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To Spend or To Save: How Can My Spouse and I Agree on Money?

By: ashley worley

My blood boiled and my heart sank as I opened my bank account app. Money had been taken out of my beloved savings for a new home and spent on dinner out and a rental car by my husband, who was away on a trip.

Feeling betrayed, I gripped my phone and prayed about how to handle it with him. God convicted my heart that this feeling is usually a red flag that I am idolizing something and that this was an opportunity for unity in our marriage, not an excuse to declare war on each other.

Finances are an opportunity for unity in your marriage.

When you and your spouse have different perspectives on money, how do you work together to achieve God’s call on your life together?

3 Practical Steps to Unify Your Marriage and Your Money

1. Talk about it.

The more you can candidly communicate openly and agree about money, the stronger and more powerful your marriage will become. Try to see each other’s point of view and find a place of compromise. Intimacy should permeate all areas of your marriage, including your finances, so that each of you can feel free to discuss openly.

Use an “I feel” technique so you can attack the problem and not the person. For example, “I felt insecure and betrayed when you spent our savings.” Let your spouse talk too, and hear him or her out without nagging or judging.

Maybe the two of you can create a budget in which the spender allows the saver to budget a savings and the spender gets an “allowance” to spend, like a “blow category” that he or she can spend on whatever he or she wishes for the month.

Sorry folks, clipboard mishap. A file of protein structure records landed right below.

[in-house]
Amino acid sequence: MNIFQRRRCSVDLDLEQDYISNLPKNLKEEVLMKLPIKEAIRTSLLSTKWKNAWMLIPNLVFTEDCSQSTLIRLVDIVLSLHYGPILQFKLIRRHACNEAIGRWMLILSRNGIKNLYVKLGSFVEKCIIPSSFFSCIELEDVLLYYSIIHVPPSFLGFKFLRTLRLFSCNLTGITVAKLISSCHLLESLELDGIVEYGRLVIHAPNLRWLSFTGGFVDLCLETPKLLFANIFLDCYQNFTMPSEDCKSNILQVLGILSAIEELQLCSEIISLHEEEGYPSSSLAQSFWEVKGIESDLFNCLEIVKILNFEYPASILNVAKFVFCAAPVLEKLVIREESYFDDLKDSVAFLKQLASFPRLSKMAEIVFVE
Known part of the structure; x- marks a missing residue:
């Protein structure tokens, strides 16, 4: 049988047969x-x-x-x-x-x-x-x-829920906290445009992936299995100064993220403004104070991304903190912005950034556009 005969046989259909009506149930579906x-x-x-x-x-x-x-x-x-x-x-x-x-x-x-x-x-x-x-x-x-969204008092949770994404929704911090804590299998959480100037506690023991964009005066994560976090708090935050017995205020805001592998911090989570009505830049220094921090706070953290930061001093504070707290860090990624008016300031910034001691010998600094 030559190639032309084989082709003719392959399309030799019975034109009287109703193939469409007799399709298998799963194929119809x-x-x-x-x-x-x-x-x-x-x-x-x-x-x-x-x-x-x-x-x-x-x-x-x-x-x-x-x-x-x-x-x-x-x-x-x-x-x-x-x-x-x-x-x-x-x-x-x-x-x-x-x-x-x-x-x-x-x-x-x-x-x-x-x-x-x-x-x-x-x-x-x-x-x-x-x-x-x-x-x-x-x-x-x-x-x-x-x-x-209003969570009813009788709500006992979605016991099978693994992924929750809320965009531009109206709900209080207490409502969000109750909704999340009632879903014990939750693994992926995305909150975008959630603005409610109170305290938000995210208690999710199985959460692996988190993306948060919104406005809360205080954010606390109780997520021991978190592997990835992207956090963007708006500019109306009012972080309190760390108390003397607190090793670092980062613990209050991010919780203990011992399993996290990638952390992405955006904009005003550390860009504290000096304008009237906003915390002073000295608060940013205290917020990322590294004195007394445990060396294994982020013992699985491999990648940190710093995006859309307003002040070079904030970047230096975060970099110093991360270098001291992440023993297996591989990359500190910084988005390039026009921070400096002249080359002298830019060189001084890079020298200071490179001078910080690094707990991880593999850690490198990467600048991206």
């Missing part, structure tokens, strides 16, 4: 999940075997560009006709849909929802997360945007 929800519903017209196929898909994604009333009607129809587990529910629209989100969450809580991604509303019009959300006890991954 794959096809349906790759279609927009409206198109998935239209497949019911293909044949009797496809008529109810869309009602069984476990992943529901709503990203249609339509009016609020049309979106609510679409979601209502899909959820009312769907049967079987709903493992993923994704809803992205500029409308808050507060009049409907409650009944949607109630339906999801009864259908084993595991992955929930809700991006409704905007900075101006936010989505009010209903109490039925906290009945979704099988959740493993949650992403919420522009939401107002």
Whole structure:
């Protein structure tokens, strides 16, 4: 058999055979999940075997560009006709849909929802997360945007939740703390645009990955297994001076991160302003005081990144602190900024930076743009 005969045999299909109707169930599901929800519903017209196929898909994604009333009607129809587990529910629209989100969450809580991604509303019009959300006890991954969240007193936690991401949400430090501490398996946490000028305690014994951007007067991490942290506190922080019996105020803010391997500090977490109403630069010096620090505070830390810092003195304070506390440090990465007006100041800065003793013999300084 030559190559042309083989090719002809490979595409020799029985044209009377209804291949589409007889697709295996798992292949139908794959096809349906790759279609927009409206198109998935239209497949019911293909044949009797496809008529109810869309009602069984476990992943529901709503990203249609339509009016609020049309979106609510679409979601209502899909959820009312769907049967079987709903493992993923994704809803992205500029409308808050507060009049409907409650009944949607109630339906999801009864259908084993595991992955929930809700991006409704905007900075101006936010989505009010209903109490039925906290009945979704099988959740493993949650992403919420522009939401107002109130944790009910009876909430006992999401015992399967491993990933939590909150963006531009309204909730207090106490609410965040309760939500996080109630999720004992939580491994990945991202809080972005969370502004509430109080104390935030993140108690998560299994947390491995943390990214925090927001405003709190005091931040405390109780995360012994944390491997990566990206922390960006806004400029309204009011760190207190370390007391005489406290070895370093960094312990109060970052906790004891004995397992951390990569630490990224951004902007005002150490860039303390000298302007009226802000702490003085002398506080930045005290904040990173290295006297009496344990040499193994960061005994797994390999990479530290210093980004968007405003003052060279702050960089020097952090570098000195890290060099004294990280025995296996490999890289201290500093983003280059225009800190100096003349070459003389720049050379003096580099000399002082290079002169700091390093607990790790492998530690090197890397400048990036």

2. Be engaged.

Even if your spouse is the one who manages the money, do not check out—no pun intended! Be engaged and informed about where your money is going (Proverbs 10:4-5). In contrast, if you are the one who manages the money, do not neglect your spouse’s opinion about where your money should go. Give each other feedback: criticism or praise…and grace.

The budget may not be perfect the first month, but give it a few months and work together through it, tweaking it each month to reflect your goals as a couple.

3. Appreciate each other’s strengths.

As with every other area of marriage, use your differences to bring the best out in each other and balance the relationship. Let the spender have some flexibility in spending and the saver to put some aside, neither being extravagant. The Bible advises for us not to make our treasures on earth but in heaven (Matthew 6:19-20), but also that wealth gained slowly over time allows increase rather than hastily gathering it (Proverbs 13:11). God knows your heart and desires the best for your marriage and your finances.

Tithing is the first priority (Malachi 3:8-10), and God has given you freedom to decide how to spend or save the remainder of His financial blessings to you and your spouse. Manage your money to enhance unity in your relationship and to build a legacy to pass down to your children and to further His kingdom, God’s ultimate call on your life to be better together.

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